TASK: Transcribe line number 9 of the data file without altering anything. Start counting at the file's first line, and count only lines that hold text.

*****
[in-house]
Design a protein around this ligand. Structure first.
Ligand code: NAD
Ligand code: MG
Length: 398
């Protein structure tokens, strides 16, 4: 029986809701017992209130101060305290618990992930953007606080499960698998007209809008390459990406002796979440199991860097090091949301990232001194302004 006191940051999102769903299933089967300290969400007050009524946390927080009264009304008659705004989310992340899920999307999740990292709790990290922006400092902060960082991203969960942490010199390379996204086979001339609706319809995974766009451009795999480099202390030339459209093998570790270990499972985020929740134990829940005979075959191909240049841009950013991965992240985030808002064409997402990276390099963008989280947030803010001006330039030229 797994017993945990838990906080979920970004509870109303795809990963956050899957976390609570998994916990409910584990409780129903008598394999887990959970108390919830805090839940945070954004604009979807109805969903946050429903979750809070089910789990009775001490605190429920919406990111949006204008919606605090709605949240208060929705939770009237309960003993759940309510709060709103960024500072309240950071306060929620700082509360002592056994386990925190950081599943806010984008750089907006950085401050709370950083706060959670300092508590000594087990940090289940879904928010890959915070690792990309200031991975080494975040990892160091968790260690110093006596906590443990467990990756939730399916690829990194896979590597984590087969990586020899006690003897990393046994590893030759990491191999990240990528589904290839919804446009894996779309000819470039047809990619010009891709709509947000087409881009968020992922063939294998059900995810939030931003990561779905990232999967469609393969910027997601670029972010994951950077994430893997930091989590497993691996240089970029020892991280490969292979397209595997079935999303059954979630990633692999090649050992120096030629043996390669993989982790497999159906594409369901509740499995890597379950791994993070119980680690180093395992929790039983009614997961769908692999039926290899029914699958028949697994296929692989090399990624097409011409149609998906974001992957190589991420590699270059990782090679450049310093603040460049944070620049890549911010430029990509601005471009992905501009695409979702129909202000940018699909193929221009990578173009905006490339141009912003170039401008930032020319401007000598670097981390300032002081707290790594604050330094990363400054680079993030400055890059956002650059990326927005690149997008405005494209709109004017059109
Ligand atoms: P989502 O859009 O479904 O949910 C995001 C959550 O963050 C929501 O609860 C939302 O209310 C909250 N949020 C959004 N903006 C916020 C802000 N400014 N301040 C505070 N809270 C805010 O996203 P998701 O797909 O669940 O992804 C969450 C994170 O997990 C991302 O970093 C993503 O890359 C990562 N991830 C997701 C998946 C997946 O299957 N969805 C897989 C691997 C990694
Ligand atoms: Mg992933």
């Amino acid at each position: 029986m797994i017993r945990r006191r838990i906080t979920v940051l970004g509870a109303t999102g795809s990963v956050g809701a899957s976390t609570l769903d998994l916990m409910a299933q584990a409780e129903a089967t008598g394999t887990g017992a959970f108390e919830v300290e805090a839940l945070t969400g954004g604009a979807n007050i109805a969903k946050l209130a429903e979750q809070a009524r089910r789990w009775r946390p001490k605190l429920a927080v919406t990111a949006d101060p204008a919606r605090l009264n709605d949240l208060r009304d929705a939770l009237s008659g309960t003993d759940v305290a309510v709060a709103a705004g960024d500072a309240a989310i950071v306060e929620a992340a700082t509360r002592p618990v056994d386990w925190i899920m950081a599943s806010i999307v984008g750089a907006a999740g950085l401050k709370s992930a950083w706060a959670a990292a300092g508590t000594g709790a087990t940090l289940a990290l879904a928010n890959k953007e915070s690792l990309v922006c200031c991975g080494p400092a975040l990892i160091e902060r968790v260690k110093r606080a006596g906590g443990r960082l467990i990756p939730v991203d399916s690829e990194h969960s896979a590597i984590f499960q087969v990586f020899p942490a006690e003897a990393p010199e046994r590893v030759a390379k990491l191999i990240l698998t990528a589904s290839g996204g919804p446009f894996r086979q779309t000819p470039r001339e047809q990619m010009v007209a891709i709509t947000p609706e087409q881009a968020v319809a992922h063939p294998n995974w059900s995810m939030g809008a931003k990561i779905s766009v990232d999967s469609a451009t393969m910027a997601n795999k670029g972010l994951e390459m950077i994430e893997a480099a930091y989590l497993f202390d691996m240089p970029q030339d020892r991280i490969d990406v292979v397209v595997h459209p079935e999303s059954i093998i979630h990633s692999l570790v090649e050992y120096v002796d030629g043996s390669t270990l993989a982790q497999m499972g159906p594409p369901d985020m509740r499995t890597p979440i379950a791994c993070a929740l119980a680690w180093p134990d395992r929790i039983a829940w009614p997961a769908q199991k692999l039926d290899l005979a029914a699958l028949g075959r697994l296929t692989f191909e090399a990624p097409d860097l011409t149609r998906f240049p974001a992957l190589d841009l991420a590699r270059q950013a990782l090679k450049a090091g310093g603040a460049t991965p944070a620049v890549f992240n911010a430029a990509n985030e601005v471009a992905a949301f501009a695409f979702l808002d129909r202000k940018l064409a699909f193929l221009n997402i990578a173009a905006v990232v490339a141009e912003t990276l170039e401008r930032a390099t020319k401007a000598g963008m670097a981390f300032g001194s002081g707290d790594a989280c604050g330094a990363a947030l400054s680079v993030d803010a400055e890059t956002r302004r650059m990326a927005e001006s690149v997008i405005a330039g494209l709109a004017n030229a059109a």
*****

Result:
């Amino acid at each position: 029986m797994i017993r945990r006191r838990i906080t979920v940051l970004g509870a109303t999102g795809s990963v956050g809701a899957s976390t609570l769903d998994l916990m409910a299933q584990a409780e129903a089967t008598g394999t887990g017992a959970f108390e919830v300290e805090a839940l945070t969400g954004g604009a979807n007050i109805a969903k946050l209130a429903e979750q809070a009524r089910r789990w009775r946390p001490k605190l429920a927080v919406t990111a949006d101060p204008a919606r605090l009264n709605d949240l208060r009304d929705a939770l009237s008659g309960t003993d759940v305290a309510v709060a709103a705004g960024d500072a309240a989310i950071v306060e929620a992340a700082t509360r002592p618990v056994d386990w925190i899920m950081a599943s806010i999307v984008g750089a907006a999740g950085l401050k709370s992930a950083w706060a959670a990292a300092g508590t000594g709790a087990t940090l289940a990290l879904a928010n890959k953007e915070s690792l990309v922006c200031c991975g080494p400092a975040l990892i160091e902060r968790v260690k110093r606080a006596g906590g443990r960082l467990i990756p939730v991203d399916s690829e990194h969960s896979a590597i984590f499960q087969v990586f020899p942490a006690e003897a990393p010199e046994r590893v030759a390379k990491l191999i990240l698998t990528a589904s290839g996204g919804p446009f894996r086979q779309t000819p470039r001339e047809q990619m010009v007209a891709i709509t947000p609706e087409q881009a968020v319809a992922h063939p294998n995974w059900s995810m939030g809008a931003k990561i779905s766009v990232d999967s469609a451009t393969m910027a997601n795999k670029g972010l994951e390459m950077i994430e893997a480099a930091y989590l497993f202390d691996m240089p970029q030339d020892r991280i490969d990406v292979v397209v595997h459209p079935e999303s059954i093998i979630h990633s692999l570790v090649e050992y120096v002796d030629g043996s390669t270990l993989a982790q497999m499972g159906p594409p369901d985020m509740r499995t890597p979440i379950a791994c993070a929740l119980a680690w180093p134990d395992r929790i039983a829940w009614p997961a769908q199991k692999l039926d290899l005979a029914a699958l028949g075959r697994l296929t692989f191909e090399a990624p097409d860097l011409t149609r998906f240049p974001a992957l190589d841009l991420a590699r270059q950013a990782l090679k450049a090091g310093g603040a460049t991965p944070a620049v890549f992240n911010a430029a990509n985030e601005v471009a992905a949301f501009a695409f979702l808002d129909r202000k940018l064409a699909f193929l221009n997402i990578a173009a905006v990232v490339a141009e912003t990276l170039e401008r930032a390099t020319k401007a000598g963008m670097a981390f300032g001194s002081g707290d790594a989280c604050g330094a990363a947030l400054s680079v993030d803010a400055e890059t956002r302004r650059m990326a927005e001006s690149v997008i405005a330039g494209l709109a004017n030229a059109a």